‘Trick or treat’? Brexit rolls on to new Halloween deadline
Relief mixed with ennui as the European Council and the Theresa May government on Wednesday night agreed a new extension to the Brexit deadline of October 31, by when the UK parliament is expected to endorse the withdrawal agreement, or find a new course.Updated: Apr 11, 2019 17:16 IST
Relief mixed with ennui as the European Council and the Theresa May government on Wednesday night agreed a new extension to the Brexit deadline of October 31, by when the UK parliament is expected to endorse the withdrawal agreement, or find a new course.
The extension will most likely involve the UK participating in the May 23 elections to the European Parliament, a prospect May and aides want to avoid, but others believe will be an opportunity to gauge if public opinion has shifted from the 2016 referendum.
As tabloids and others played on the fact that the October 31 deadline coincides with Halloween and its custom of ‘trick or treat’, May reiterated her hope that parliament will endorse the agreement soon to avoid joining the May 23 elections.
She said after the council meet: “I know that there is huge frustration from many people that I had to request this extension. The UK should have left the EU by now and I sincerely regret the fact that I have not yet been able to persuade Parliament to approve a deal which would allow the UK to leave in a smooth and orderly way”.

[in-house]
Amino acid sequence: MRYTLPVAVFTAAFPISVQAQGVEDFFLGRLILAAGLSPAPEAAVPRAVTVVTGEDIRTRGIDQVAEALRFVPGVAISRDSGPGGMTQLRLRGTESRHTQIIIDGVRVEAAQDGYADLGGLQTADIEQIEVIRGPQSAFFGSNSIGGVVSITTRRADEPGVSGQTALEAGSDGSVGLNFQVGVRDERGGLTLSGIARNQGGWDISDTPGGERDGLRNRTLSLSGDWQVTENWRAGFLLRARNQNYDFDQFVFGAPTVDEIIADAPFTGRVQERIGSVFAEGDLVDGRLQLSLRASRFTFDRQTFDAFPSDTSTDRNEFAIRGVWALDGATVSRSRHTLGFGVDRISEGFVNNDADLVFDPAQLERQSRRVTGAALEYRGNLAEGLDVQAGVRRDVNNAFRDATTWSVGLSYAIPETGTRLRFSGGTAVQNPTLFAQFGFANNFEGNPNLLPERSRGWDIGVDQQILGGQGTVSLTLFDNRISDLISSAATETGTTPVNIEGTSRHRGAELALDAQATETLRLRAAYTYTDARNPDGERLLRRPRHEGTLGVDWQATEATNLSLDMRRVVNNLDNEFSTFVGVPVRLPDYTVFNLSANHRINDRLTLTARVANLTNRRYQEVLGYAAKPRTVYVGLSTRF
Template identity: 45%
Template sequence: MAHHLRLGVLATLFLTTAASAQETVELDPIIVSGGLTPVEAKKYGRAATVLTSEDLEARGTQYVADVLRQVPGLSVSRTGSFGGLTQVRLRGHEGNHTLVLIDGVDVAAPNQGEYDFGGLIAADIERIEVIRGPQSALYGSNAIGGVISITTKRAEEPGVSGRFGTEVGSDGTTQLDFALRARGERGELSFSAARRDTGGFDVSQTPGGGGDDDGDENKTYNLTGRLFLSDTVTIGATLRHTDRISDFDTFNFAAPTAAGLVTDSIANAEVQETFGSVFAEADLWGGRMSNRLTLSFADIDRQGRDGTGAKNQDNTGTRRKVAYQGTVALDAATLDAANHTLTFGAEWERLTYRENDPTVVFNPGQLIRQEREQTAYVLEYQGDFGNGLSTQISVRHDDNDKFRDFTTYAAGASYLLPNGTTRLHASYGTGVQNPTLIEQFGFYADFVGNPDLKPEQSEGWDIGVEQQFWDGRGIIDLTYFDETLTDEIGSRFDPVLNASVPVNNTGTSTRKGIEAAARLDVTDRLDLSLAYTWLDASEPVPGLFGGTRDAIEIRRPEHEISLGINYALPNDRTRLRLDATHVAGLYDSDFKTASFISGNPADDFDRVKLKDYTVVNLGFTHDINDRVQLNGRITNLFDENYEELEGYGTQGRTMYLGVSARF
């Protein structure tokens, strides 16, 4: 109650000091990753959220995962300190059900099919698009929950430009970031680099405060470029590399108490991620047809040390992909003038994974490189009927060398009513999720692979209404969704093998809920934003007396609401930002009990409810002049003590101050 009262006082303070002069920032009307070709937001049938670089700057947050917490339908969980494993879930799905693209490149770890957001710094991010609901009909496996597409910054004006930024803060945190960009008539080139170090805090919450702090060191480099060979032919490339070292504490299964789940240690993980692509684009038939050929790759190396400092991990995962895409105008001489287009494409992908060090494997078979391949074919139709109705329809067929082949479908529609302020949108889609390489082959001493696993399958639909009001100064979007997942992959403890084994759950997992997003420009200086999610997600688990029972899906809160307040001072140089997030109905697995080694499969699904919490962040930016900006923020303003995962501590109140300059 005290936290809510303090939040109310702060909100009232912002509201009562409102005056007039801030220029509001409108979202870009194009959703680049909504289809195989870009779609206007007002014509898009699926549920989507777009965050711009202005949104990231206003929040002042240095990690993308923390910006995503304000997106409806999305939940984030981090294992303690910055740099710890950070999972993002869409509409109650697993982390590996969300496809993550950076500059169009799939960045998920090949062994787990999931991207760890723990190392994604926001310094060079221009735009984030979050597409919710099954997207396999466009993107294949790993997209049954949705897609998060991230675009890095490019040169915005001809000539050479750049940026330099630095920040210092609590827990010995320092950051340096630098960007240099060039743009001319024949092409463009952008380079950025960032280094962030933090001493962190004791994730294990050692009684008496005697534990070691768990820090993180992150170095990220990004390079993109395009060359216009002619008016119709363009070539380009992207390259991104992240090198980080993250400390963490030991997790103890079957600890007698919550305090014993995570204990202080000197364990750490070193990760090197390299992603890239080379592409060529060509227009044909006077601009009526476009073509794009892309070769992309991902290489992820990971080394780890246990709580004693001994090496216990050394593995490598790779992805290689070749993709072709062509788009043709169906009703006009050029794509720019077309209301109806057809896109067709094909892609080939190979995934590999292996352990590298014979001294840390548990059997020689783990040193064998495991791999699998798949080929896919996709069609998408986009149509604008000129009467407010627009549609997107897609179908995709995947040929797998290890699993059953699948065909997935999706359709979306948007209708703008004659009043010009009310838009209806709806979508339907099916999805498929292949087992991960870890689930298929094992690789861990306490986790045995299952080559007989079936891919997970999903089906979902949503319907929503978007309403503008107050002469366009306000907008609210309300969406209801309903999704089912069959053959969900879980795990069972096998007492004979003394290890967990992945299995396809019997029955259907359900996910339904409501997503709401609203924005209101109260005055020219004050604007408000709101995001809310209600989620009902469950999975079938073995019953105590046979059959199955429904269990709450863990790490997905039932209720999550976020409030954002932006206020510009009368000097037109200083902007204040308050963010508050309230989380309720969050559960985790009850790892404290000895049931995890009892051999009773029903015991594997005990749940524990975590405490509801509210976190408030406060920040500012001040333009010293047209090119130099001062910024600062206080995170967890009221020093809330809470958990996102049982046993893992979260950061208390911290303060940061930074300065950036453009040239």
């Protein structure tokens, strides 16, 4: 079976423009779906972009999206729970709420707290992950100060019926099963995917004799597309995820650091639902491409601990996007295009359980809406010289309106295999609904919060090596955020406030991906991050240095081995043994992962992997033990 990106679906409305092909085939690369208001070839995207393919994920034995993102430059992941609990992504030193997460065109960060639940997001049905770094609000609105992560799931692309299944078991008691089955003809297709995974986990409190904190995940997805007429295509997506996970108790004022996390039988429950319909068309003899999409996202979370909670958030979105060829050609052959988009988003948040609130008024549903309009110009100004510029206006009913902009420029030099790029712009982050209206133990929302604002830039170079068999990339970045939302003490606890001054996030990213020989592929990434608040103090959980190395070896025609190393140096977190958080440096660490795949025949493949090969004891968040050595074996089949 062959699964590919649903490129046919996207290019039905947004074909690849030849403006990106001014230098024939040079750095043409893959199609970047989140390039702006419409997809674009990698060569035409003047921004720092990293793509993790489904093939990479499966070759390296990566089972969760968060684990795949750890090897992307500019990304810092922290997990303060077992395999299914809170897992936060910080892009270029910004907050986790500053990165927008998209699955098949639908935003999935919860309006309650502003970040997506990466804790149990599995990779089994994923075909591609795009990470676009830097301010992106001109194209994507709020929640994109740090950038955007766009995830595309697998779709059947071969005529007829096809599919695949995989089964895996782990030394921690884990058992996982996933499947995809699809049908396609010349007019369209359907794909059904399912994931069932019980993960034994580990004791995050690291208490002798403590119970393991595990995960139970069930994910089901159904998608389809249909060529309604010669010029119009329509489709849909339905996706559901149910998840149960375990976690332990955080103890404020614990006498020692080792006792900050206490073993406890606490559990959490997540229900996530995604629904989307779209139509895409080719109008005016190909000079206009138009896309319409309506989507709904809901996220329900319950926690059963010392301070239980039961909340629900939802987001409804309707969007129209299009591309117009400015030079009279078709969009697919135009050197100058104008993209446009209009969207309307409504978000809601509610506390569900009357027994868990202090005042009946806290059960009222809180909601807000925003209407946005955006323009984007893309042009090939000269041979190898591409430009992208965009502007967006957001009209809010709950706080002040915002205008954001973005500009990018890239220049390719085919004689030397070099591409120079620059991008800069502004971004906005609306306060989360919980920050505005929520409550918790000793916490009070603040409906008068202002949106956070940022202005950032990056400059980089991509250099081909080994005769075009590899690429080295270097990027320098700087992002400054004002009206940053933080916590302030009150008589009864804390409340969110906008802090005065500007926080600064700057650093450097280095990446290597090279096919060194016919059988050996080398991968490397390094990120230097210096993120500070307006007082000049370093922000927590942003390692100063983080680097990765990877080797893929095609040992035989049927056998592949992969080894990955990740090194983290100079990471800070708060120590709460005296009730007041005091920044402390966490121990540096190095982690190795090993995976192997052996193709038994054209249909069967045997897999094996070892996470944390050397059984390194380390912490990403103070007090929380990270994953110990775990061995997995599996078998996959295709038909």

“I do not pretend the next few weeks will be easy or that there is a simple way to break the deadlock in Parliament. But we have a duty as politicians to find a way to fulfil the democratic decision of the Referendum, deliver Brexit and move our country forward”.
The new deadline avoids the prospect of the UK leaving with the EU on Friday without an agreement – the worst-case scenario – which is welcomed by business, but intractable issues remain before any compromise can be reached between the government, its allies and critics.
May is also facing growing demands from within the party that she step down to allow a new leader to carry forward the Brexit talks. Under party rules, she will not face another confidence vote until December, but critics say she should resign on her own.
Former Brexit secretary and senior Conservative leader David Davis told BBC: “The pressure on her to go will increase dramatically, I suspect now. Whether it comes to anything, who knows? The rules are the rules. There will be pressure on her to go, there will a new leader and then a reset in the negotiations.”
Labour’s shadow Brexit secretary Keir Starmer, who is a key figure in compromise talks with the May government, welcomed the extension, but added: “Negotiations are in good faith. We all feel a deep sense of duty to break the impasse”.
“But there’s also this question of how on Earth do we ensure that anything this prime minister promises is actually delivered in the future because of course she’s already said she’s going to step down, probably within months.”
Votaries of a second referendum to resolve the impasse say there is enough time until October 31 to hold one.
Tom Brake, Liberal Democrats’ Brexit spokesman, said: “The British people have been given a lifeline. The Conservatives have dragged the country into chaos, but the extension agreed offers a route out from the Brexit mess they have created”.
“A flexible extension until October 31 is long enough to hold a people’s vote. The prime minister must now show leadership by handing the decision back to the British public. It is long overdue that Theresa May and Jeremy Corbyn abandon their party political games, stop wasting time, and give the people the final say with an option to stay in the EU.”
First Published: Apr 11, 2019 17:16 IST